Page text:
I miss THE REPLACEMENT GOD. It was one of those books I waited for with great anticipation.

This is Entry 189.




The over-arching theme of the recommendations I’ve been making lately is that of fun, quirky adventure. There’s something unusual and odd and altogether charming about these books. And Todd Dezago and Craig Rousseau’s THE PERHAPANAUTS published by DARK HORSE COMICS fits that bill exactly. The comic is about a team of monster hunters who work for a secret shadow organization called BEDLAM… and the fun thing about this team is that they themselves are monsters– or at the least oddities. The team is made up of a woman with psychic powers, a young girl who’s a ghost, a big guy known only as ‘MG’ who’s really a mystery at this point, a super-intelligent sasquatch– and rounded out by a little Chupacabra nicknamed (naturally) CHOOPIE. I mean, c’mon– that group ALONE is worth the price of admission! But the real highlight of this book is the creative team. I’ve worked with Todd for years on both SENSATIONAL SPIDER-MAN and our co-owned TELLOS book… and Todd has always been overflowing with great ideas. I’ve always enjoyed our creative brainstorming back-and-forths. And Todd’s writing and dialogue has always had a wonderful feel that is uniquely his own (and if you’ve ever met Todd, you’ll know what I mean). Todd’s writing always has the feeling of a sense of underlying innocence and enthusiastic optimism to it. There’s a feeling of wonder and discovery to his stories… but they’re also tinged with an undercurrent of danger and dark foreboding. You never know what’s around the next corner. It’s this ability to keep the reader off balance, entertained and surprised that I admire so much. And Craig Rousseau is an insanely talented artist….! He’s one of the most versatile artists I know… he can do it all. He can fill his work with light-hearted fun… or he can draw the most heavy drama-filled moments. Over the years I’ve known him, he’s pared his work down to only the most essential linework…. and this gives his work a singular look that is full of confidence and authority. And his sense of design is just amazing. And the colors on THE PERHAPANAUTS by Rico Renzi are wonderfully crafted in their simplicity and choice of hue– much like the work of Matt Hollingsworth, Bill Crabtree and Lee Loughridge. It’s really my favorite style of coloring these days.. and Rico is tops at it.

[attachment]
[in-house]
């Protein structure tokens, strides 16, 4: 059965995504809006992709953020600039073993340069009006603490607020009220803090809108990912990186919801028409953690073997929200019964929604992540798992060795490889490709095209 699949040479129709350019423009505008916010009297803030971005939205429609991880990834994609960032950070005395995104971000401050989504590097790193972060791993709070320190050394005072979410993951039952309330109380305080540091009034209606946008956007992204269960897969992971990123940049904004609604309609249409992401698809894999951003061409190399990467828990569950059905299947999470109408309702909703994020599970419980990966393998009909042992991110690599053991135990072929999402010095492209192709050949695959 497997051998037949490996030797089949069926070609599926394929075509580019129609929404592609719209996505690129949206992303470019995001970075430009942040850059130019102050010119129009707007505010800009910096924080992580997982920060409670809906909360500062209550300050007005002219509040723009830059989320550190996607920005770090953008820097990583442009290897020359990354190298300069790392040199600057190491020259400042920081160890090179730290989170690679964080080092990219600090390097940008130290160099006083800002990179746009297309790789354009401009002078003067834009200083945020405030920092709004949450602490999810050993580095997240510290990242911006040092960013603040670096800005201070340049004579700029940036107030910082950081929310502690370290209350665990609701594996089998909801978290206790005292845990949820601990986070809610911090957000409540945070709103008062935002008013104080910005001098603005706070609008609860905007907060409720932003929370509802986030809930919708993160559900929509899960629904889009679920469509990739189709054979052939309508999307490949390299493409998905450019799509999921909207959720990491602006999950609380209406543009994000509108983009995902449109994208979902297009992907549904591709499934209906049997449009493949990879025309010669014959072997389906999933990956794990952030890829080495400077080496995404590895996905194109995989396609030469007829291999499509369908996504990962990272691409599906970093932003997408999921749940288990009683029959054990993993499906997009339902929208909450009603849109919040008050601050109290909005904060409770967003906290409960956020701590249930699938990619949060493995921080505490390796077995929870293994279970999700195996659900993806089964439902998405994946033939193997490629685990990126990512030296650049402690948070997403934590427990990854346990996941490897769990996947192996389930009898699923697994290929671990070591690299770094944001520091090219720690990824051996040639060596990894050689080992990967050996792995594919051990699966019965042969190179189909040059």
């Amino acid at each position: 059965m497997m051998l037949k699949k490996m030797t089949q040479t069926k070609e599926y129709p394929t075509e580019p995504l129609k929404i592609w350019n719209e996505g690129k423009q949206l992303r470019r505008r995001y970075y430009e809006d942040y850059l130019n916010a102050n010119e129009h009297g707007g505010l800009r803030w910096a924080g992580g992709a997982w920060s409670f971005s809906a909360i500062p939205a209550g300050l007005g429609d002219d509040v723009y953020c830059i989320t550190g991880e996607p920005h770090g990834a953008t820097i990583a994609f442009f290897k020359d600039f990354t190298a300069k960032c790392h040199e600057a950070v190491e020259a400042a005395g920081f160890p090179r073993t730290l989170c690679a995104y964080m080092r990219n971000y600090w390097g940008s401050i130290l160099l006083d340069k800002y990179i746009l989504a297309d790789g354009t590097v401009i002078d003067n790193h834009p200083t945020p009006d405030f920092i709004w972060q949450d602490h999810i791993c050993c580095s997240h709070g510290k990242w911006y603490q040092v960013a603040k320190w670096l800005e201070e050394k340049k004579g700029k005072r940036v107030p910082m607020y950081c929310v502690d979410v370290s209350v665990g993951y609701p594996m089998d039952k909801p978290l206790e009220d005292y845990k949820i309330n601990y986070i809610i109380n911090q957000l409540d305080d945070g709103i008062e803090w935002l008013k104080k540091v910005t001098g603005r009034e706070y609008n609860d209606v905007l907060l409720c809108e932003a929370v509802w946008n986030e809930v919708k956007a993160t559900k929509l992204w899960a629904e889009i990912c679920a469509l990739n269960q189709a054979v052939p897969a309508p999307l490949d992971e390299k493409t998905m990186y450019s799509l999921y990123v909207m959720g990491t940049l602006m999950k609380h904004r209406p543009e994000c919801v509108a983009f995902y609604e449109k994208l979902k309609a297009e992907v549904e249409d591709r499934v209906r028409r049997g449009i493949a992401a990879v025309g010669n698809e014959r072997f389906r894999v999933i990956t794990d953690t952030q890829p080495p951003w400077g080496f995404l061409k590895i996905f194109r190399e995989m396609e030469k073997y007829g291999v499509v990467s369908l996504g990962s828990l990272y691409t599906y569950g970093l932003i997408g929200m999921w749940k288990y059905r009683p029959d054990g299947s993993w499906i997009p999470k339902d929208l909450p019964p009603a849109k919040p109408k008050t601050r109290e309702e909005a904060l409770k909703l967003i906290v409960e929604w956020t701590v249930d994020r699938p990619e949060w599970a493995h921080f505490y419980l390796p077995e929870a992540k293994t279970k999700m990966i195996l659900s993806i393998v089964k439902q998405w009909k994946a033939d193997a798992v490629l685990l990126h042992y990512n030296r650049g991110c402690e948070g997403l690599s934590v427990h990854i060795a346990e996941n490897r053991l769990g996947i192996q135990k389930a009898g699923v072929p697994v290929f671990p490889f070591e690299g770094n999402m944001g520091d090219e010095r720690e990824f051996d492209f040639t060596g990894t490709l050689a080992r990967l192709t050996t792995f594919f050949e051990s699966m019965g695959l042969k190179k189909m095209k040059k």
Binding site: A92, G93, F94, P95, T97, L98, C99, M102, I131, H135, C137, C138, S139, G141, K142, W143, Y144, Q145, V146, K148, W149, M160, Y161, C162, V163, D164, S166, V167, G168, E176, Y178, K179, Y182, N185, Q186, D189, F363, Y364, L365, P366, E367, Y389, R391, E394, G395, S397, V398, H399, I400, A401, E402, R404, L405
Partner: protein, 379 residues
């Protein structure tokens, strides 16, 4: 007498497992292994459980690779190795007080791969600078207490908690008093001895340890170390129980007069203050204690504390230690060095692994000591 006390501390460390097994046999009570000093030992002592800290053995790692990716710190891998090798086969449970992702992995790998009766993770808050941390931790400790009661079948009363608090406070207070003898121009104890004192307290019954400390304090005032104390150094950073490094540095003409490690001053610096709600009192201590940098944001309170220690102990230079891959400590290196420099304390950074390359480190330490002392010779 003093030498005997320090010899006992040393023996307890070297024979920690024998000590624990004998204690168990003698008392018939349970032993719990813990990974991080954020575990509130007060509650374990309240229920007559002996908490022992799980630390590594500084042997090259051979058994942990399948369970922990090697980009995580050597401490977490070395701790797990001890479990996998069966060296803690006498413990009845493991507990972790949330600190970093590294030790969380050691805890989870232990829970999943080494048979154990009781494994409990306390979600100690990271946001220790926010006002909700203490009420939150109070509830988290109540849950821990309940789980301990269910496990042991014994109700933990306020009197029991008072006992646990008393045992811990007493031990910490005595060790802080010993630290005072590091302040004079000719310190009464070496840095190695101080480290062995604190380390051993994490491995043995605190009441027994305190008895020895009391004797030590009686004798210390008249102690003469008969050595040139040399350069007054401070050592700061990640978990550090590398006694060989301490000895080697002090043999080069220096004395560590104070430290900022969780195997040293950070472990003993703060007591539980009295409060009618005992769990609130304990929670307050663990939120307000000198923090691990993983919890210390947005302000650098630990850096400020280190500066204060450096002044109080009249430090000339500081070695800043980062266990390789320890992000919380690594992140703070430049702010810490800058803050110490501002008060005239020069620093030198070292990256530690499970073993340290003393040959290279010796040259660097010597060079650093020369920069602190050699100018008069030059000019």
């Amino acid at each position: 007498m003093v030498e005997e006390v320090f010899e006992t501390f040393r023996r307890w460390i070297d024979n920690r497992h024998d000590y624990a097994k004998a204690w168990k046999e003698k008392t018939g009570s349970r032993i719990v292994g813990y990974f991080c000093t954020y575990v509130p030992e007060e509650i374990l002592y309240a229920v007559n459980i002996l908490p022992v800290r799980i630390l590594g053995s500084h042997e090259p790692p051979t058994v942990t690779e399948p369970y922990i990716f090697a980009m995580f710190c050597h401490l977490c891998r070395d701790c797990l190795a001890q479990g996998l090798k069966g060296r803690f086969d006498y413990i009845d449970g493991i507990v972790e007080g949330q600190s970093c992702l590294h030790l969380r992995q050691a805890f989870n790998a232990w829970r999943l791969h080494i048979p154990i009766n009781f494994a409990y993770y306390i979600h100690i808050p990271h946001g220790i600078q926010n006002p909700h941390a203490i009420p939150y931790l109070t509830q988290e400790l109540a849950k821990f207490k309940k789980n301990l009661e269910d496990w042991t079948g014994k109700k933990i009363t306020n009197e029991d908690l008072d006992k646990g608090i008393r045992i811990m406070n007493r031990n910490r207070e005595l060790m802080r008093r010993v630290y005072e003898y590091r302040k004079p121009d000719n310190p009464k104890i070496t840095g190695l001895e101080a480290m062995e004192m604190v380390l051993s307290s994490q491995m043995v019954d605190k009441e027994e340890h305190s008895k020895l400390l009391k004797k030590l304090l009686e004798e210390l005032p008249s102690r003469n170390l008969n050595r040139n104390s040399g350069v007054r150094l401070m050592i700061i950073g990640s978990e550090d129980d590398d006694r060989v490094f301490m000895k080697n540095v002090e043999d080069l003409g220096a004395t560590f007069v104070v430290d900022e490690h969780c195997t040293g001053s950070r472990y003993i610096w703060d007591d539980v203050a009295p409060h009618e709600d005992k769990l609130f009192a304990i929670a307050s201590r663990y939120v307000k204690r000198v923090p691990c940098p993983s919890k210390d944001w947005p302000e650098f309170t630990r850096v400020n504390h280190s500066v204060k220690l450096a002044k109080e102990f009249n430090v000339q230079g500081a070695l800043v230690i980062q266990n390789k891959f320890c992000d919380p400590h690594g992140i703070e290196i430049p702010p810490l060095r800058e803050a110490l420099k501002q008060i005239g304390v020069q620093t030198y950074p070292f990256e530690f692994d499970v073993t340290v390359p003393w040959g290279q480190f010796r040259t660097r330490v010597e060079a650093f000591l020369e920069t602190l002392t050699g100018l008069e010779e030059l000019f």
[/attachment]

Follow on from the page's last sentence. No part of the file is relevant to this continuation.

These guys really love these characters. I don’t know any other creators who work mostly in the mainstream who have taken the initiative to self-publish and self-distribute their own book in recent times like these two guys have. They published a ‘prologue’ version of the book printed on newsprint that was just a thrill to behold. Todd and Craig are both big fans of the old newsprint comics and wanted to do their own version for nostalgia’s sake. It was a wonderful package. And they sold them directly to fans and comic shops, which I thought was a brave and brilliant touch. Head on over to PERHAPANAUTS.COM to find out a lot more about the book, the creators as well as how you can order all the books online. And you can find more of Craig’s amazing art by going here. As for Todd… well, Todd needs to get his own web site going.

These guys aren’t just immensely talented creators– they’re also two of my very best friends. Their book deserves your attention– because frankly, we need more of the kinds of stories they craft.

This is Entry 188.




Is it possible that a SUPERBOY meme could be starting just like the recent BATGIRL drawing wave we saw hit the web recently…? I don’t know– but Dean Trippe posted a great reinterpretation of SUPERBOY over on the DRAWINGBOARD.ORG forums. And if you scroll to the bottom of page two, Dean links to several other folks who have gotten in on the action. Doing new variations and interpretations of classic characters is a lot of fun.

I thought I’d join in and come up with a design for SUPERBOY myself. In the end, I’m not too happy with the costume…. but I do like the poses.

It’s been a fun week here… it’s been great to see everyone commenting on the previous two posts. Because of the BATGIRL wave and the ‘Save SPIDER-GIRL ‘post that got noticed by– I suppose– some SPIDER-GIRL fans who normally don’t frequent this blog, the individual visits have really increased this week. I hope those of you who are new to my little corner of the web will continue to check it out as often as possible..! Also– for anyone intersted in forums– the link to my forum hosted over on COMIC BOOK RESOURCES is working again… so head on over if you’re so inclined. I”ve been getting a bit more active over there. Everyone have a great weekend and I’ll see you next week!

This is entry 187.